Hans Werner Henze rarely conducted contemporary composers – other than himself. There was an astonishing exception in March 1982, when he conducted a concert programme with not just one but two orchestral pieces by Hans Abrahamsen: “Befreiung”, later renamed “Nacht und Trompeten”, and “Stratifications”, written in 1975. It is easy to understand what Henze found in this music. It avoids abstract games, it has a subtle inner tension and follows an enigmatic dramaturgy, and thus seems to tell a story. It was once said of Hans Abrahamsen, whose Horn Concerto will be premiered by the Berliner Philharmoniker and their principal horn player Stefan Dohr under the baton of Paavo Järvi, that he always tells stories, only no one can understand them, not even Abrahamsen himself. This need not be a flaw, as it allows the listener to act as a co-composer; everyone is free to hear what they want. There are, however, some limits to the imagination. For a long time, Abrahamsen kept to tender voices, intimate impressions that beckon to us like a dream that fades away to the edge of consciousness at dawn. Abrahamsen very rarely sends existentialist or ideological messages into the world, and large-scale formats are unappealing to him. Hardly any of his works last more than 20 minutes, and they usually consist of individual miniatures. There is a subdued tone to them, as if they were hidden under a layer of snow. It is not by chance that Abrahamsen often refers to winter landscapes, using titles such as Schneetänze (1985), Schnee (2006/Rev. 2008) and Schneebilder (2013).
Trained horn player
Hans Abrahamsen belongs to the rare species of composers who have studied French horn. This instrument correspondingly appears frequently in his scores, such as in his Six Pieces for Horn, Violin and Piano from 1984, as well as in almost all of his other chamber music pieces, which quantitatively far exceed his orchestral works. The Second Wind Quintet Walden, composed in 1978, is of central importance. It is so important for Abrahamsen that 30 years later, he took up the first bars again in a larger ensemble piece called Wald. The fact that music is more than just music, more than just the notation of acoustic events, is a conviction Abrahamsen shares with actually all Danish, indeed all Northern European composers. Even his choice of the French horn with its warm and natural sound indicated this orientation. After his instrumental training, he studied composition in Copenhagen. His teachers were two composers who remained unknown abroad, but who played an essential and symptomatic role in Denmark. Instead of an avant-garde dogmatism that led to an unbelievable impoverishment of individual idioms, beyond the seas, including in Denmark, a historically grown, thoroughly modern and often enough innovative variety of styles prevailed.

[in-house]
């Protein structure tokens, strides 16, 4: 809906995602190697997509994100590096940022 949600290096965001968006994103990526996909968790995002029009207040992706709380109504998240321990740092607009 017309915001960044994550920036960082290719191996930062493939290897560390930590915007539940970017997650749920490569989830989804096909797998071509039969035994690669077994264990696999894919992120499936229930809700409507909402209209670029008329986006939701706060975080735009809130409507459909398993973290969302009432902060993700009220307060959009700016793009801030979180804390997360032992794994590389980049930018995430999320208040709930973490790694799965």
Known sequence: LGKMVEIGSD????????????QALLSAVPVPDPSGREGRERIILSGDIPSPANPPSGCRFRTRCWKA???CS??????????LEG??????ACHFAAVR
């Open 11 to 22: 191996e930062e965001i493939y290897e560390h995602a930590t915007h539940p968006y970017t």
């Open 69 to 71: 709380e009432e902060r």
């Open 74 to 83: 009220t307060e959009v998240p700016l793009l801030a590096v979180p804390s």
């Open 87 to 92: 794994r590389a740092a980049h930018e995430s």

Representative of the “New Simplicity”
The preference for the symphonic is a constant in all Danish music, regardless of generation. Abrahamsen’s fellow countryman Poul Ruder, who is only three years older than him, has produced five symphonies. The German-Dane, Søren Nils Eichberg, born in 1973, has also paid homage to the genre three times. Hans Abrahamsen followed a different path. Although he wrote a symphony in the classical sonata form in 1974, its 15 minutes do not nearly reach the dimensions or expressive power of Bentzon’s or Nørgård’s contributions. He was therefore counted among the representatives of the “New Simplicity”. This phase lasted roughly until 1990, when Abrahamsen fell silent for almost a whole decade. In 2002, he moved back to Lyngby, his birthplace north of Copenhagen, and inspiration also returned. The Piano Concerto initially moves on familiar terrain before crashing into the abyss. Even stronger are the eruptions in Four Pieces for Orchestra with their Wagner tubas, bass trumpets and the mallet known from Mahler’s Sixth Symphony. Suddenly the Danish snow has melted, and we find ourselves in the high reaches of German late Romanticism.
The Three Pieces for Orchestra, premiered by the Berliner Philharmoniker in 2018, follow the same path. Another work premiered by the Philharmoniker is the orchestral song cycle Let me tell you, based on the 481 words used by Ophelia in Shakespeare’s Hamlet. Let me tell you immediately entered the repertoire in 2013; it was performed 36 times in 14 countries in the wake of the Berlin world premiere. Here the highly artistic, ecstatic part of the soprano and the metallically glittering and autumnal rustling orchestra create an unmistakable, mysterious aura. The last section celebrates a neo-Romantic sublime death, and the parting words could only be from Abrahamsen if they were not from Shakespeare: “Snow falls. So: I will go on in the snow …”
This text is the abridged version of an article for the magazine 128 (volume December 2019). Copies of the issue (in German) are available in our online shop and in the Philharmonie shop.